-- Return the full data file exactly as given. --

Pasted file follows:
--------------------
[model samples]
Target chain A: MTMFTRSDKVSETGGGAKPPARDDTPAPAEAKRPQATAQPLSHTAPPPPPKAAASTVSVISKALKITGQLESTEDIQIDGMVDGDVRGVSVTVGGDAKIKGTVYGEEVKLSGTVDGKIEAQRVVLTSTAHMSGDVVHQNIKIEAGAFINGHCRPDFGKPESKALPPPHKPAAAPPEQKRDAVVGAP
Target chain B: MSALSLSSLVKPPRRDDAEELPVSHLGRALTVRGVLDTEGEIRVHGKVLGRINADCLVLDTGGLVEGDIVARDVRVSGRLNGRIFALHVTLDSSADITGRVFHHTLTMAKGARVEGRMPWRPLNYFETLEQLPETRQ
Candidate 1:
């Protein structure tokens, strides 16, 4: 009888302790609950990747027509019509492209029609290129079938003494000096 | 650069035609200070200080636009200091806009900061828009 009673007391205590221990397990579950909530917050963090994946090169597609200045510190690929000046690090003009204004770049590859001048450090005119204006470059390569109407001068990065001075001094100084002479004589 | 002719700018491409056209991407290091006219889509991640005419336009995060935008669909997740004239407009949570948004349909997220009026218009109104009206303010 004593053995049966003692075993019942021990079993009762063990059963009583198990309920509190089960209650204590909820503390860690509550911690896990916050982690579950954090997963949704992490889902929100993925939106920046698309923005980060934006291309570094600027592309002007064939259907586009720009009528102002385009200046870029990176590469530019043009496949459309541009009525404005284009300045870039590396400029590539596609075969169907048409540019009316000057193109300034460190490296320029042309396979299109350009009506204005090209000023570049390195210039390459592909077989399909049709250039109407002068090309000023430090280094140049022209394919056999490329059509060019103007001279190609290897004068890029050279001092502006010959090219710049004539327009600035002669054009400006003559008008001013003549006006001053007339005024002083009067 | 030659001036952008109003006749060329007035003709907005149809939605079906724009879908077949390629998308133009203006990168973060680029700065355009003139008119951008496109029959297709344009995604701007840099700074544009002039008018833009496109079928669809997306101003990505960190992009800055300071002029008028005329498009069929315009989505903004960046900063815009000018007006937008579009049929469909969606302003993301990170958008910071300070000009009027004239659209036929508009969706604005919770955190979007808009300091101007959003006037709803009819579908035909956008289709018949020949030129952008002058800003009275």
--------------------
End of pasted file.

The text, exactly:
[model samples]
Target chain A: MTMFTRSDKVSETGGGAKPPARDDTPAPAEAKRPQATAQPLSHTAPPPPPKAAASTVSVISKALKITGQLESTEDIQIDGMVDGDVRGVSVTVGGDAKIKGTVYGEEVKLSGTVDGKIEAQRVVLTSTAHMSGDVVHQNIKIEAGAFINGHCRPDFGKPESKALPPPHKPAAAPPEQKRDAVVGAP
Target chain B: MSALSLSSLVKPPRRDDAEELPVSHLGRALTVRGVLDTEGEIRVHGKVLGRINADCLVLDTGGLVEGDIVARDVRVSGRLNGRIFALHVTLDSSADITGRVFHHTLTMAKGARVEGRMPWRPLNYFETLEQLPETRQ
Candidate 1:
């Protein structure tokens, strides 16, 4: 009888302790609950990747027509019509492209029609290129079938003494000096 | 650069035609200070200080636009200091806009900061828009 009673007391205590221990397990579950909530917050963090994946090169597609200045510190690929000046690090003009204004770049590859001048450090005119204006470059390569109407001068990065001075001094100084002479004589 | 002719700018491409056209991407290091006219889509991640005419336009995060935008669909997740004239407009949570948004349909997220009026218009109104009206303010 004593053995049966003692075993019942021990079993009762063990059963009583198990309920509190089960209650204590909820503390860690509550911690896990916050982690579950954090997963949704992490889902929100993925939106920046698309923005980060934006291309570094600027592309002007064939259907586009720009009528102002385009200046870029990176590469530019043009496949459309541009009525404005284009300045870039590396400029590539596609075969169907048409540019009316000057193109300034460190490296320029042309396979299109350009009506204005090209000023570049390195210039390459592909077989399909049709250039109407002068090309000023430090280094140049022209394919056999490329059509060019103007001279190609290897004068890029050279001092502006010959090219710049004539327009600035002669054009400006003559008008001013003549006006001053007339005024002083009067 | 030659001036952008109003006749060329007035003709907005149809939605079906724009879908077949390629998308133009203006990168973060680029700065355009003139008119951008496109029959297709344009995604701007840099700074544009002039008018833009496109079928669809997306101003990505960190992009800055300071002029008028005329498009069929315009989505903004960046900063815009000018007006937008579009049929469909969606302003993301990170958008910071300070000009009027004239659209036929508009969706604005919770955190979007808009300091101007959003006037709803009819579908035909956008289709018949020949030129952008002058800003009275």